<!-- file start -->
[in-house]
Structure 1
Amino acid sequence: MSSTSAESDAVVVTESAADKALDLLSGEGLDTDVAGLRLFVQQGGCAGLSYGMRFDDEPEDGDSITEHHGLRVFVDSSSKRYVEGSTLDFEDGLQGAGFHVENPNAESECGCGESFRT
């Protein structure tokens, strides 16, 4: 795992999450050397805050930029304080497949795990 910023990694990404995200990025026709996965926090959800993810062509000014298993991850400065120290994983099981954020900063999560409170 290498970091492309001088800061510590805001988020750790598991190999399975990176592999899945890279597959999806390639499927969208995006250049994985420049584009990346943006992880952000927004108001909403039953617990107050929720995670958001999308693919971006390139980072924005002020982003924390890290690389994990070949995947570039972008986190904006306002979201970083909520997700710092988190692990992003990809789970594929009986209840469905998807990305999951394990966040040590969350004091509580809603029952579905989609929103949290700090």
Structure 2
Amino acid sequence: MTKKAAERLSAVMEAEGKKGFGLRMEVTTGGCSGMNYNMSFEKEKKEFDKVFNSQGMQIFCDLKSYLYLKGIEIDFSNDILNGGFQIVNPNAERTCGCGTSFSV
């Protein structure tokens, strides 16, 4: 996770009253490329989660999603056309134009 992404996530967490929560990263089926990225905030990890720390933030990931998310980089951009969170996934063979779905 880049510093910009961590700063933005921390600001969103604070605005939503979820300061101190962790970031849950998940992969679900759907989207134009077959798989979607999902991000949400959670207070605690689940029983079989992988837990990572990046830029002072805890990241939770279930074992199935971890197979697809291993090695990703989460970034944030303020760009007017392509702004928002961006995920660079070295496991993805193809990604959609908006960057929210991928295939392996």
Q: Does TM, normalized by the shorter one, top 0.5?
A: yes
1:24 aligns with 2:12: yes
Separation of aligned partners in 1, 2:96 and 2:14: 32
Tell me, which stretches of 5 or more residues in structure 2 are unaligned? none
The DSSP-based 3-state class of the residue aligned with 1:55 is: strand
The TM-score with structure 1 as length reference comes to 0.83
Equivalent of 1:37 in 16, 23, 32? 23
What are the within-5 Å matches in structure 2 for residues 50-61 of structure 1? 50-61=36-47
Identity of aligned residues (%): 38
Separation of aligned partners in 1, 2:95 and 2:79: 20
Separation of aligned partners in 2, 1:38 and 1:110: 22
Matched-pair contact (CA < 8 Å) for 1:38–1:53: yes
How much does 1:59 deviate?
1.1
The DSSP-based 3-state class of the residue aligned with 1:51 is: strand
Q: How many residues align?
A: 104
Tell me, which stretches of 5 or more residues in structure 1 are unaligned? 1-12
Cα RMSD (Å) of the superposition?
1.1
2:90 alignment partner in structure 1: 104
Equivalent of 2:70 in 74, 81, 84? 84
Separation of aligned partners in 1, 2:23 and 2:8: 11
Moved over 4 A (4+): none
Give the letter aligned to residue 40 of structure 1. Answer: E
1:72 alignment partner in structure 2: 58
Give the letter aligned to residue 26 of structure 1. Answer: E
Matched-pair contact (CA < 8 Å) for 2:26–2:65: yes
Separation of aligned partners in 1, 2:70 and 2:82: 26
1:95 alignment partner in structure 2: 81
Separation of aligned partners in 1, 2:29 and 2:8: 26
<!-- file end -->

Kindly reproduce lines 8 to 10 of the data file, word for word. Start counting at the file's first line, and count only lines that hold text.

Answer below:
Q: Does TM, normalized by the shorter one, top 0.5?
A: yes
1:24 aligns with 2:12: yes